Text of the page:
You can’t give the slightest support to Nazis and White supremacists. Trump states that there were ‘very fine people on both sides’. Part of the problem is that some Nazis and White supremacists can be personally very charming people. Way back in the 1990s I was listening to a programme on the Beeb, in which a German Jewish fellow described how he had successfully infiltrated and brought down a neo-Nazi group over there. He states that they included some people, who were otherwise perfectly friendly. They included not just real anti-Semites, but also normal Germans, who didn’t believe the Holocaust had occurred. Primo Levi, the Italian chemist and writer, states in his memoir of his incarceration during the Holocaust that there was personally no difference in character between the guards and the people interned. In his words ‘they had our faces’.

This is one of the aspects of the Holocaust, which make it so horrific and chilling. You don’t need to claim that Hitler was some kind of demon-possessed black magician, as some of the writers on the occult fringe have done. There was nothing supernatural or paranormal about the Nazis’ evil. Instead, it shows how otherwise normal people, who went back to their families at weekends or during leave as loving members, were capable of the most monstrous crimes against humanity.

As Mike pointed out with the Tweets he put up on his post from a very wide range of people, including Mr Sulu from Star Trek, George Takei, being a Nazi automatically rules you as a fine person. Or as Mr. Takei said, he ‘never met a fine White supremacist. Ever.’

Like Seder and his fellows, Takei has personal reasons to hate White supremacism. He’s a Japanese-American, who was active in the struggle to get reparations for the members of his community interned as enemy aliens during World War II.

Historians and political scientists have also pointed out that when the Nazis started out, they initially received miniscule support. The numbers, who voted for them in the early ’20s were comparable to those, who backed the BNP or NF today. The year before their election victory, Hitler’s party was bankrupt and had to go begging on the streets. One of the factors that boosted their support, apart from the Wall Street Crash and an agricultural crisis in Schleswig-Holstein, which allowed them to pose as the party of the beleaguered peasant farmers, was that influential members of the upper classes openly supported them. This included the philosopher Heidegger, who announced ‘Ich sage ‘Ja!’ – ‘I say ‘Yes!’.

This is the very good reason why no-one with any political power, or personal or social cachet, should give the slightest support to Fascism or Nazism. And why it’s necessary to condemn Trump, and deprive him of any support, for his own support for them.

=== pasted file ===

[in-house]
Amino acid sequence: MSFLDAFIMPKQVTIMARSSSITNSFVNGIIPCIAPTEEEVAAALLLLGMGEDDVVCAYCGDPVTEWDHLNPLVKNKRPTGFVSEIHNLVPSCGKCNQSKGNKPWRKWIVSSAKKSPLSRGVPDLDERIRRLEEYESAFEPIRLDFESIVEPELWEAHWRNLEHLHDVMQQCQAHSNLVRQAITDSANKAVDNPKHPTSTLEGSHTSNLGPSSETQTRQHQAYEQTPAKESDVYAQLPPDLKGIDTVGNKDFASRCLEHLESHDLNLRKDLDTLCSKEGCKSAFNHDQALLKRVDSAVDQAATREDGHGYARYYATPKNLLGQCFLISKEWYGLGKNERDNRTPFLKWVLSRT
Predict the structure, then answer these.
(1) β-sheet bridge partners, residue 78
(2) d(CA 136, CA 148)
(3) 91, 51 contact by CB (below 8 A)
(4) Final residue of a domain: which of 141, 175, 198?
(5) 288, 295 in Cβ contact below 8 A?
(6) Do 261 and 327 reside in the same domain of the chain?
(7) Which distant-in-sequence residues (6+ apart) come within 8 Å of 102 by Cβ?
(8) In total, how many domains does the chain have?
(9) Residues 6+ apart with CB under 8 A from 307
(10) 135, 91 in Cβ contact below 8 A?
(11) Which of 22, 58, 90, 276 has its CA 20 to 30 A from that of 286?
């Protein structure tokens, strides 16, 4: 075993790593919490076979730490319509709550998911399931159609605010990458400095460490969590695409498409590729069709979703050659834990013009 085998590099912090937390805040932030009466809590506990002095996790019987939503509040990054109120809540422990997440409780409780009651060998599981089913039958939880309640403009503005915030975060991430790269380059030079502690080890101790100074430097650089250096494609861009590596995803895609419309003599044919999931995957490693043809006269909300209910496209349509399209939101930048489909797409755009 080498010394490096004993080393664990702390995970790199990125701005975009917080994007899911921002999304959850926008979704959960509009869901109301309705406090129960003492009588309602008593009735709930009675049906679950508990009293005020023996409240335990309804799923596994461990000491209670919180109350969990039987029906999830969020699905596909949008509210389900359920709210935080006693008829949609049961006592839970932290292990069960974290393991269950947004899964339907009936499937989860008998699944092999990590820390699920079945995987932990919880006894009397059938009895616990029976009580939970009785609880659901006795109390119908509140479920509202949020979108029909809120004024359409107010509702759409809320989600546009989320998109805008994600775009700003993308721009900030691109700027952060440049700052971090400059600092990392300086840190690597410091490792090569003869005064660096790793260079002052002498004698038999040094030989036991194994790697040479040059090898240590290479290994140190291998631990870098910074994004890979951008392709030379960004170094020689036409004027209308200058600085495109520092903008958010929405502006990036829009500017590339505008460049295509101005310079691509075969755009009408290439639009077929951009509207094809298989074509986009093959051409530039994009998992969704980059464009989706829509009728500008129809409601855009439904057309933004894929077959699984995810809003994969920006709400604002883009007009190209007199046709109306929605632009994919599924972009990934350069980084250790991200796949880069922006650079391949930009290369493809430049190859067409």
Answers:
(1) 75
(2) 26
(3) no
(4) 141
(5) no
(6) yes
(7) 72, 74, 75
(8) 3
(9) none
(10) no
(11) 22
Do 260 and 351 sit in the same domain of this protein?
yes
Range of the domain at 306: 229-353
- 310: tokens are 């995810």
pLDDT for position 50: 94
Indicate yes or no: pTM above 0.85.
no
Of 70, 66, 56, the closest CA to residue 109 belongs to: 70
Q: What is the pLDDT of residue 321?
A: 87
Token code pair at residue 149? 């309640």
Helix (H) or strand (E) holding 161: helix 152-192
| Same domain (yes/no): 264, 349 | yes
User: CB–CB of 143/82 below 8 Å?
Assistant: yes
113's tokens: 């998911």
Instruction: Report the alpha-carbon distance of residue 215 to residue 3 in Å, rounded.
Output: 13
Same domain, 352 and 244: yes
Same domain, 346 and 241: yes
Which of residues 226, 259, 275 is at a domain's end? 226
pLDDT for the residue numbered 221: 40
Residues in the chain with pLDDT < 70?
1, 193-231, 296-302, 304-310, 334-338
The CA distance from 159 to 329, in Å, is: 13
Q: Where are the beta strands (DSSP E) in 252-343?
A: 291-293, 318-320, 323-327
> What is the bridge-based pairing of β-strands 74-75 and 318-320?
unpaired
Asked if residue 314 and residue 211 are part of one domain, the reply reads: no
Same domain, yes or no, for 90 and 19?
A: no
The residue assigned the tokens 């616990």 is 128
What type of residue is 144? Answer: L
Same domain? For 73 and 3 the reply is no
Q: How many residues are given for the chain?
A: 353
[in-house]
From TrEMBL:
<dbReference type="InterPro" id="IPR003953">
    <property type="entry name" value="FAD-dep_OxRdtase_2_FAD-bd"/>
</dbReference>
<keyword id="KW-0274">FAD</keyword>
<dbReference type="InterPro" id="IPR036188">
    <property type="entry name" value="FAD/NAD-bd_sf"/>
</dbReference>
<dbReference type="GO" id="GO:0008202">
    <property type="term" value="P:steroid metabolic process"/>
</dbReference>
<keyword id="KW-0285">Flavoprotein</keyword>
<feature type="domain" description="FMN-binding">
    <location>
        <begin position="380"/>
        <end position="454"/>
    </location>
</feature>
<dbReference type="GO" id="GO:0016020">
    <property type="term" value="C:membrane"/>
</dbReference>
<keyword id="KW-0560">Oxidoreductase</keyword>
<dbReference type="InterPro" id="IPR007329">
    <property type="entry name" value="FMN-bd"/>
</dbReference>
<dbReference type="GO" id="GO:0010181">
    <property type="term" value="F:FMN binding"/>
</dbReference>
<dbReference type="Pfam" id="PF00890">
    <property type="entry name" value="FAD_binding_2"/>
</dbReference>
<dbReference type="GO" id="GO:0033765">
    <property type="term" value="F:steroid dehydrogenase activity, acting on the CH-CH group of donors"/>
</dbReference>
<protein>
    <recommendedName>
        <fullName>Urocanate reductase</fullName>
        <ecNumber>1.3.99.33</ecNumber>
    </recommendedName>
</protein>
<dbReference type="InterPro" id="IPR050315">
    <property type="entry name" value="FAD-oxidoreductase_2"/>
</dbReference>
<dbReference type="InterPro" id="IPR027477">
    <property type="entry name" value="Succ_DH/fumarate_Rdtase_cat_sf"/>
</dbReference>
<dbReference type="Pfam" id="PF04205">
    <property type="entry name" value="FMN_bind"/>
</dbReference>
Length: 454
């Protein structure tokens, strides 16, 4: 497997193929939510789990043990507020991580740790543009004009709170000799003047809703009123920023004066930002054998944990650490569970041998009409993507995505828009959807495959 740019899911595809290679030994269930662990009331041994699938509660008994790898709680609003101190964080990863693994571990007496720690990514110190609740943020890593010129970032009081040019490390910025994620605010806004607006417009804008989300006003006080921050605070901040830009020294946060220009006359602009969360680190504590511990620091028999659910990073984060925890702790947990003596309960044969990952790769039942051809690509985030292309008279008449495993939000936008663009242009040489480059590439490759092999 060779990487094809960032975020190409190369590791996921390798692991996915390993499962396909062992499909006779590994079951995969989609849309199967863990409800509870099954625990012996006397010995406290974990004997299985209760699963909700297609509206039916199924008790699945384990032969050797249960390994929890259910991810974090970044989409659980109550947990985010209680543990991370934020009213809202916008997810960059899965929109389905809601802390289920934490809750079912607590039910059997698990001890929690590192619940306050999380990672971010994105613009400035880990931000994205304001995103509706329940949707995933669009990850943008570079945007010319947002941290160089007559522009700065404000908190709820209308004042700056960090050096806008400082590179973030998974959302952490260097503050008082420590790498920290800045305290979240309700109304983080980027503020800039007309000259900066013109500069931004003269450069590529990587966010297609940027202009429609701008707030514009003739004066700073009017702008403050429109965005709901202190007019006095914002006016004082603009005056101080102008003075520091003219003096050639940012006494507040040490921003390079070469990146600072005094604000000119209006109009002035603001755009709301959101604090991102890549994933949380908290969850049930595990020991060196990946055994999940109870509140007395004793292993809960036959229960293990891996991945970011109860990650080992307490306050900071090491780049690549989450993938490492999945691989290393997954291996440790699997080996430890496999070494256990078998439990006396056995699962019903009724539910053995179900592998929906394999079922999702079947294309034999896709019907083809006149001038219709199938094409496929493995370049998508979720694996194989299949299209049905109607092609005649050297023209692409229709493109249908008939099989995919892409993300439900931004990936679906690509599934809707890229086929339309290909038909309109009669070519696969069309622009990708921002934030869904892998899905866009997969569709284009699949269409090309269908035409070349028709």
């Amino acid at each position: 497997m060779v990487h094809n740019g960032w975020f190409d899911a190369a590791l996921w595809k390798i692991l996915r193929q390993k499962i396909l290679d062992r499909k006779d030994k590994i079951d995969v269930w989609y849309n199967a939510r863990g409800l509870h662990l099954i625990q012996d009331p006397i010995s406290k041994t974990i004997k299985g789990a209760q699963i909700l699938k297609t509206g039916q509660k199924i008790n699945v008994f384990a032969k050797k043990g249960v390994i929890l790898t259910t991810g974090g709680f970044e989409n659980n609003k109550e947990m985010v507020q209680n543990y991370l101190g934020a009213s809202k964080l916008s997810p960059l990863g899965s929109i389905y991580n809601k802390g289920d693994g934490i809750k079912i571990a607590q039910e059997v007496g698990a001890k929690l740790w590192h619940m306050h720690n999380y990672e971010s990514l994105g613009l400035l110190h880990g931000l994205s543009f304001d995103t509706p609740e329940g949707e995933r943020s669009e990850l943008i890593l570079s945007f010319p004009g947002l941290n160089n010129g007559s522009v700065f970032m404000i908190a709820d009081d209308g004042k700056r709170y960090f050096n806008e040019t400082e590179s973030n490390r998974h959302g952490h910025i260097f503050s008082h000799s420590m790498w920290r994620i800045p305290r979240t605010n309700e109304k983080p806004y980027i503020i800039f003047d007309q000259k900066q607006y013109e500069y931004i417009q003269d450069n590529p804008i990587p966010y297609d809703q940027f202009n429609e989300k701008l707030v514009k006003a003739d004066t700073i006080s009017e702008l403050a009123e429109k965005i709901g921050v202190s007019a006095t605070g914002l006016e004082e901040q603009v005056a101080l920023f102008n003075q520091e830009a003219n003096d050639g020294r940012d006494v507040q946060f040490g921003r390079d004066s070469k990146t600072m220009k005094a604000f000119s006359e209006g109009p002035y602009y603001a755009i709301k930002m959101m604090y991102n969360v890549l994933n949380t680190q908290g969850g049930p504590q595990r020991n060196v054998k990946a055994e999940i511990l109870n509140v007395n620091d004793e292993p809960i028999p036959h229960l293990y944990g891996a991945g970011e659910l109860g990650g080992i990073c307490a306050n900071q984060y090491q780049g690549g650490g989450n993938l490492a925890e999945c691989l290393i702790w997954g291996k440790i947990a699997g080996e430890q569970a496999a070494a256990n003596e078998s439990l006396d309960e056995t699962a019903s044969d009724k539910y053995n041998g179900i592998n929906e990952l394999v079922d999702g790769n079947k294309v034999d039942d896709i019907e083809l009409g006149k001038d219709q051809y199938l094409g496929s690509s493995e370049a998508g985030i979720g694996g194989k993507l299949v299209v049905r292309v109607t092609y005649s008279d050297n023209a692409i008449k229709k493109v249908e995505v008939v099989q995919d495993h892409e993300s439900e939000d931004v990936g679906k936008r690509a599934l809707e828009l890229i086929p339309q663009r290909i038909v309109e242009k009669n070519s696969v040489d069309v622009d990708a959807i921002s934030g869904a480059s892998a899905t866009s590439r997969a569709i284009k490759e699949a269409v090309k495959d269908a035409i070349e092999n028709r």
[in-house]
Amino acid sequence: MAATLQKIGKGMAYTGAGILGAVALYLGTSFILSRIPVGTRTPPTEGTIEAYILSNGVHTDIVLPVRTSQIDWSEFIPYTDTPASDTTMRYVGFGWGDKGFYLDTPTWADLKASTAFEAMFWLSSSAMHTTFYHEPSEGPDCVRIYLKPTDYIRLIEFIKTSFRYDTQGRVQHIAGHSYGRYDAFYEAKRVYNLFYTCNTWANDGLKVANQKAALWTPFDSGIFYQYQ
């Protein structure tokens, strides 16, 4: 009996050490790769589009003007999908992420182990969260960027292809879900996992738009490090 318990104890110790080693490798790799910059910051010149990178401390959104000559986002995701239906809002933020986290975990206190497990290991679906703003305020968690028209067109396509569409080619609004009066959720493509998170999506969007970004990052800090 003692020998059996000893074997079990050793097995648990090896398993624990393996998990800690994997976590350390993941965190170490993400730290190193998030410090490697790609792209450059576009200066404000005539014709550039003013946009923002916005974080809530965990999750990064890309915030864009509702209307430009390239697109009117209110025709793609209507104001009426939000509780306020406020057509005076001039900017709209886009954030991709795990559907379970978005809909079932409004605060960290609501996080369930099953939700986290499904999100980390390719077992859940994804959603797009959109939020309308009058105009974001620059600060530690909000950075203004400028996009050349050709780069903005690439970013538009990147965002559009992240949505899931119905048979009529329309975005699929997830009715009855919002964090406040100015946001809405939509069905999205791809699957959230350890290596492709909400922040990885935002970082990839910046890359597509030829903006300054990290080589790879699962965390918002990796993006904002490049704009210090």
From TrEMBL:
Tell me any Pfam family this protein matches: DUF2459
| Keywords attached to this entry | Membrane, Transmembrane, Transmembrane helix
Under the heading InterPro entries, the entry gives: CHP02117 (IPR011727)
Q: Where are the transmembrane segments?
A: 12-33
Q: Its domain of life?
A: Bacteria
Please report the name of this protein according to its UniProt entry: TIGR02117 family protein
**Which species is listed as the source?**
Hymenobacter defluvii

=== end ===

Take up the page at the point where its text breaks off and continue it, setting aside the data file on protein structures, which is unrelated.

The Torygraph Pours Scorn on Corbyn at Glastonbury Festival

June 28, 2017

Jeremy Corbyn was one of the guests at the Glastonbury Festival last week, introduced on stage by no less a man than Michael Eavis himself. Corbyn gave a roaring, impassioned speech, inveighing against the Tories’ attack on the welfare state, their privatisation of the NHS, and their forcing of millions into poverty. If I recall correctly, he also mentioned how the Grenfell Tower fire was a direct result of decades of Tory policies dismantling health and safety legislation for the benefit of private landlords. He ended with a rousing passage from Shelley’s The Mask of Anarchy, urging the British people to rise up ‘like lions’ ‘for ye are many, they are few.’

And the crowd loved it. They cheered, and there were spontaneous chants of ‘Oh, Jeremy Corbyn!’ This graphically showed the popularity of the Labour leader, at least with a section of the young and not-so young people, who can afford to go to Glastonbury.

Needless to say, the Tory press hated it. The I newspaper yesterday carried a quote from the Telegraph, in which they moaned that it was ‘the day that Glastonbury died’, Eavis was going to lose tens of thousands of visitors and supporters of his festival by inviting Jeremy Corbyn on, and what did it say about the Labour party anyway, when it’s leader was cheered by metropolitan liberals able to afford the exorbitant entrance and camping fees.

Actually, it says that the countercultural spirit of Glastonbury is alive and well, that Eavis has always been against at least some of the policies the Tories espouse, and that the Tories contemplating the spectacle of the young and hip supporting Labour are nervous about their own future.